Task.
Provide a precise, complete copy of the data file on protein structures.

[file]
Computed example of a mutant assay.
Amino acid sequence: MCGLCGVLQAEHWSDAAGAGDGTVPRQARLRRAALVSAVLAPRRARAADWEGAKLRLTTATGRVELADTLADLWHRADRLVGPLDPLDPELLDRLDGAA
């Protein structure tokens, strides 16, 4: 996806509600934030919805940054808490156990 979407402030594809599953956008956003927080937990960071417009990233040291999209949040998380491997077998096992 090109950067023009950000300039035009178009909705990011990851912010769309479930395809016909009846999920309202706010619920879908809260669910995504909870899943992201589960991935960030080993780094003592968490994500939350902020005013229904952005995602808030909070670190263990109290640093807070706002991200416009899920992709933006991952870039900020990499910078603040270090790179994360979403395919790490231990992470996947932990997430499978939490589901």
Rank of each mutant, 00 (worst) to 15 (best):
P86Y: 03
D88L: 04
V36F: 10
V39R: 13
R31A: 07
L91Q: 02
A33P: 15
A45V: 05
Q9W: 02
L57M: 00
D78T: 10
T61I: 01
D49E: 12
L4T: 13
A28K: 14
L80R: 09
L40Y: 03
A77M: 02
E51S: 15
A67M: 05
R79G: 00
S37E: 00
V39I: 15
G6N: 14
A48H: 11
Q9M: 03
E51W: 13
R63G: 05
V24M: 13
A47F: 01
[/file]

Computed example of a mutant assay.
Amino acid sequence: MCGLCGVLQAEHWSDAAGAGDGTVPRQARLRRAALVSAVLAPRRARAADWEGAKLRLTTATGRVELADTLADLWHRADRLVGPLDPLDPELLDRLDGAA
């Protein structure tokens, strides 16, 4: 996806509600934030919805940054808490156990 979407402030594809599953956008956003927080937990960071417009990233040291999209949040998380491997077998096992 090109950067023009950000300039035009178009909705990011990851912010769309479930395809016909009846999920309202706010619920879908809260669910995504909870899943992201589960991935960030080993780094003592968490994500939350902020005013229904952005995602808030909070670190263990109290640093807070706002991200416009899920992709933006991952870039900020990499910078603040270090790179994360979403395919790490231990992470996947932990997430499978939490589901």
Rank of each mutant, 00 (worst) to 15 (best):
P86Y: 03
D88L: 04
V36F: 10
V39R: 13
R31A: 07
L91Q: 02
A33P: 15
A45V: 05
Q9W: 02
L57M: 00
D78T: 10
T61I: 01
D49E: 12
L4T: 13
A28K: 14
L80R: 09
L40Y: 03
A77M: 02
E51S: 15
A67M: 05
R79G: 00
S37E: 00
V39I: 15
G6N: 14
A48H: 11
Q9M: 03
E51W: 13
R63G: 05
V24M: 13
A47F: 01